Located in the desert of Western Australia is the Principality of Hutt River. The principality is an “independent sovereign state” in Australia, though it’s not recognized by any nation in the world. It lives in a legal limbo and has an uneasy and tenuous relationship with Australia.
Hutt River was founded on April 21, 1970, by Leonard George Casley. Casley founded the “country” in response to a dispute with the government of Western Australia over what he considered draconian wheat production quotas, as well as taxes. (It’s always about taxes and quotas, huh?) Casley and the other families who owned farms in Hutt River banded together to fight the quota, and Casley lodged a protest with the governor of Western Australia. When the government said it wouldn’t repeal the quotas, Casley sued for $52 million in damages. After he was unsuccessful and lost the case, he and his associates resorted to a British law (the Treason Act of 1495), which “allowed” them to secede and declare their independence from Australia.
The government of Western Australia determined it couldn’t stop them, so it asked the national government in Canberra for help. The then-governor-general of Australia, Sir Paul Hasluck, stated that it was unconstitutional for Australia to intervene in secession. Under Australian law, the government had two years to fight Casley’s declaration, and when it failed to do so, the province got de facto legal status on April 21, 1972. (Like I said, it’s a legal mess!)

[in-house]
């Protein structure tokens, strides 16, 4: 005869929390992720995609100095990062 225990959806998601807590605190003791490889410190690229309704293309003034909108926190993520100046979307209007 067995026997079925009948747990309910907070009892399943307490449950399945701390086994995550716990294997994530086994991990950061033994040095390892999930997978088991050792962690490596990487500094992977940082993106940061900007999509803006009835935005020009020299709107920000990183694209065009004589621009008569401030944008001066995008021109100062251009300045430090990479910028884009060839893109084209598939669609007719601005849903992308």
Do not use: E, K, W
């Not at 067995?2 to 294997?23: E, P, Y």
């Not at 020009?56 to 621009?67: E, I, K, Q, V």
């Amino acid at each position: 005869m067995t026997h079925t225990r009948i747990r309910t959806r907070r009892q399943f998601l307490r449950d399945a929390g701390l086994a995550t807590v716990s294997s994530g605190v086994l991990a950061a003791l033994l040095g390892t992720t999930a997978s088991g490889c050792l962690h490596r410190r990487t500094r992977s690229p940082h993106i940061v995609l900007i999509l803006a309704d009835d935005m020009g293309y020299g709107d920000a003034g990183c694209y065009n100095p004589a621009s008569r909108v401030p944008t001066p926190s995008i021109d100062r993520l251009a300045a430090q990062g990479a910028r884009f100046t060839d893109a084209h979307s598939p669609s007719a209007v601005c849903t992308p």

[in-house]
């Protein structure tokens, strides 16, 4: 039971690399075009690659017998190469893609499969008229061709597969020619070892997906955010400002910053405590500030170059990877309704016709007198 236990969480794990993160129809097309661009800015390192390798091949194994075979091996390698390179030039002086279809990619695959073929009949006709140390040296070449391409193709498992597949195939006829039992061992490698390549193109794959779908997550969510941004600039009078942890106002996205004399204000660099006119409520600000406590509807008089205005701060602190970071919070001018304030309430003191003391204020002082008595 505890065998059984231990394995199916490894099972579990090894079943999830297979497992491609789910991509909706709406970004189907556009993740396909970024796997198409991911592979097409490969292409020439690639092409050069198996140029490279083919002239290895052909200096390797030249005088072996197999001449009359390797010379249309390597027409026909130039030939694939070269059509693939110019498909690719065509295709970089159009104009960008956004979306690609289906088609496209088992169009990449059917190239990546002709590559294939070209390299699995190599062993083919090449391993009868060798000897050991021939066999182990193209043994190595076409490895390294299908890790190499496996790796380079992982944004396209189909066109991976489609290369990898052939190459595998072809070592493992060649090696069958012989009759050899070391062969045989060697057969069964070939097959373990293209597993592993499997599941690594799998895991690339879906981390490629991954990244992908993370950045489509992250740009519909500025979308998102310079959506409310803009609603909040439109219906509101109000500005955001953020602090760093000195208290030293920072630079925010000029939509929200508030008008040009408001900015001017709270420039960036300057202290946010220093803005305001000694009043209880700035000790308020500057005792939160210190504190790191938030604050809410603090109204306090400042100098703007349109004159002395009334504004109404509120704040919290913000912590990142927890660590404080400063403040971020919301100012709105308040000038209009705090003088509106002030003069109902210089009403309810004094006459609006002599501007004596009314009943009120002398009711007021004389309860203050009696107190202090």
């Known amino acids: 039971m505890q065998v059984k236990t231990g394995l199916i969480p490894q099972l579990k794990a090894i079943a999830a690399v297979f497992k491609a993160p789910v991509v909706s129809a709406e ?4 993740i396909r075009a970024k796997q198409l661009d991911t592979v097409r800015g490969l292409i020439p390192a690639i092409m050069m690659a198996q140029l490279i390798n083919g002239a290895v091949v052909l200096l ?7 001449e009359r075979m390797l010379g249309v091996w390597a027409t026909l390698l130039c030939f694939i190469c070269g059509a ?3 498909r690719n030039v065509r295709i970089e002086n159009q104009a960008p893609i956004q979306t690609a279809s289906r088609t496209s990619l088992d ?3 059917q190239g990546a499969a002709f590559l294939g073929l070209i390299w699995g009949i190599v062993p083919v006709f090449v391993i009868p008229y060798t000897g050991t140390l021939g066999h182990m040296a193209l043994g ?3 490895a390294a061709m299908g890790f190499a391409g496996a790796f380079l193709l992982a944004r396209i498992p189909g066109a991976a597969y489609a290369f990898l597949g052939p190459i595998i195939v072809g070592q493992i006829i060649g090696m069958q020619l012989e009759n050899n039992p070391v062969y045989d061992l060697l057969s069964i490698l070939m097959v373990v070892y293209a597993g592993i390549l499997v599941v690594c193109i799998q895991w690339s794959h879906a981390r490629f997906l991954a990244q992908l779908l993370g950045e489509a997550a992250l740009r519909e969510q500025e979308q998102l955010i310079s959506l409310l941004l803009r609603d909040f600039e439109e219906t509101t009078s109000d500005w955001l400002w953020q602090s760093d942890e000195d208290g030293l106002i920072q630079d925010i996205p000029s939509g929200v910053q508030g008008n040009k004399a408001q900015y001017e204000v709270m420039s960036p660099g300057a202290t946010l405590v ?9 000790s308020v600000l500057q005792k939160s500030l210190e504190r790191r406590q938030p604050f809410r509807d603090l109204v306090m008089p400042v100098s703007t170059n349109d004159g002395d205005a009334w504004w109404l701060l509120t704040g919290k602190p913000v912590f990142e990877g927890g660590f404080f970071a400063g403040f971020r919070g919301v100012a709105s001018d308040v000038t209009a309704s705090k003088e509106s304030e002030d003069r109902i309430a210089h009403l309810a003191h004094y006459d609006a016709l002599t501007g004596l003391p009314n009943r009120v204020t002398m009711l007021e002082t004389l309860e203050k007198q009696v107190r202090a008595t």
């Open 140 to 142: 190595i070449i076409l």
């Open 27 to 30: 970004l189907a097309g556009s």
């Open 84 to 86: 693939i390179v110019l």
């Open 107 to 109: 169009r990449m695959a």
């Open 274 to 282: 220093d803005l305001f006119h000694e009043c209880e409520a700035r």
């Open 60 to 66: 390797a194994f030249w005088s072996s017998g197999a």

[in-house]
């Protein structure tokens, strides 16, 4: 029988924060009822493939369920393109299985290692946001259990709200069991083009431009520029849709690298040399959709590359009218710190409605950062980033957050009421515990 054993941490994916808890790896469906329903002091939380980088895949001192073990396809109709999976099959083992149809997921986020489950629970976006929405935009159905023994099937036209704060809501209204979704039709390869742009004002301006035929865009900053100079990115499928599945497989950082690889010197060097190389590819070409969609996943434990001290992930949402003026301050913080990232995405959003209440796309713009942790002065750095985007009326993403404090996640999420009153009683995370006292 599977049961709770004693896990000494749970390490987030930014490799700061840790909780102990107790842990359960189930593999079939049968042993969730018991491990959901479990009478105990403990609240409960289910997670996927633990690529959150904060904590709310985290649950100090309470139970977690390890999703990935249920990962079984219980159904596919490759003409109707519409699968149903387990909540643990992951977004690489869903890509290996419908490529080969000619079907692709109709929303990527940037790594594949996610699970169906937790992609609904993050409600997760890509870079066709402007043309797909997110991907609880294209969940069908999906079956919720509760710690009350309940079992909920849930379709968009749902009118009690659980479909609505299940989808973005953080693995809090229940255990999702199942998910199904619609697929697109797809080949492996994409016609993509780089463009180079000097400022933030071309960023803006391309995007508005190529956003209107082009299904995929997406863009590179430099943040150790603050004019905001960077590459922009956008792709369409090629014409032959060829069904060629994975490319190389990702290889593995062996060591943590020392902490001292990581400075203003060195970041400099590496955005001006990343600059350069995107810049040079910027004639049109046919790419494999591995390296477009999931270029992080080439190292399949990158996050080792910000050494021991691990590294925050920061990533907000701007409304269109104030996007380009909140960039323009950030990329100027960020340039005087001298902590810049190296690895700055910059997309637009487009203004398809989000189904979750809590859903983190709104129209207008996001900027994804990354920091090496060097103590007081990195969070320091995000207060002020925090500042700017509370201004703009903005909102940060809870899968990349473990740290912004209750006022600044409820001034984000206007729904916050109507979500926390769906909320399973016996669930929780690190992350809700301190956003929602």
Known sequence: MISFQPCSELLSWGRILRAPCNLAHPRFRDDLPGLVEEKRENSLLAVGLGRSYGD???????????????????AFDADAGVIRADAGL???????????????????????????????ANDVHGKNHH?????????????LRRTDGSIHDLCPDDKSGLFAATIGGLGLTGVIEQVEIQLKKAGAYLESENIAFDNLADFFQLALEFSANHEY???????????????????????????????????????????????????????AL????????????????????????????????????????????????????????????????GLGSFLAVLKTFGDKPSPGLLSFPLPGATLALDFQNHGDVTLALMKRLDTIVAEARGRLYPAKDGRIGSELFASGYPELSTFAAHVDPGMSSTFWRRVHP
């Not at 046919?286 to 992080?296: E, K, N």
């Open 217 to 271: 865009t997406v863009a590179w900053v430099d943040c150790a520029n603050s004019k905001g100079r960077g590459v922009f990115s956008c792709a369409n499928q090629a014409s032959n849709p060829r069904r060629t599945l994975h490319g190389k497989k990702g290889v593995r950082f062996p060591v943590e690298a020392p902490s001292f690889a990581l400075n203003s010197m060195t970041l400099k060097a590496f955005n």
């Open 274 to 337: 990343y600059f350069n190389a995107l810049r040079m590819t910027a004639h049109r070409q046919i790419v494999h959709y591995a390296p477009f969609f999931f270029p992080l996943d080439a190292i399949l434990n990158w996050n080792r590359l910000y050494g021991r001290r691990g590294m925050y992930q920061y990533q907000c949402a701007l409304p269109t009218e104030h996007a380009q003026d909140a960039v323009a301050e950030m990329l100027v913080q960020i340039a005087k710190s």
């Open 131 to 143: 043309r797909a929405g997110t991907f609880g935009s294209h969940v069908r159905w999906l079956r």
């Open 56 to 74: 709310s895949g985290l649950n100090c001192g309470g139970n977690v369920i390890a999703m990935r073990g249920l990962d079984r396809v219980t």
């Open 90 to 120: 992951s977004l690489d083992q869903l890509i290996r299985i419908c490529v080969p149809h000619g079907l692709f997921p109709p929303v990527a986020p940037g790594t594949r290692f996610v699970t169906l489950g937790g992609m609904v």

In the early 1980s, Hutt River Province declared itself to be a kingdom, but soon after reverted to its original status of a principality. The principality proceeded to release a number of its own stamps and coins. The currency of the Hutt River Province Principality is the Hutt River dollar, which is divided into 100 cents. The Hutt River dollar is tied at a one-to-one ratio with the Australian dollar. Although few people actually live in Hutt River, the principality claims a worldwide citizenry of 13,000.
The Australian government doesn’t really interfere with Hutt River or Casley. It lets him be in his own quirkiness, so long as he doesn’t cause too much trouble. However, Australia has issued statements saying companies aren’t allowed to incorporate in the “province” to avoid paying taxes. If people do try to do so, they face stiff penalties and fines. The attitude here is sort of “let this crazy guy have his fun but we aren’t going to let it spread.” He is also currently suing the government in international court, claiming the unclaimed lands in Western Australia as his own under international law.
If you are driving up the west coast, Hutt River makes for an unusual and interesting stop. It’s really a giant cattle farm, no different from the many that abound in Western Australia. But the oddness of the “royal family” and his claim that he can time-travel make for an interesting few hours. It’s one of those oddities, like stopping to see the world’s biggest ball of yarn in Nowhere, USA, that make long road trips fun. Hutt River is located on the road from Northhampton to Kalbarri Park. You can spend the night if you want to; otherwise the country is open from 9am to 4pm. Entrance is free. Visit its website for more information on traveling there.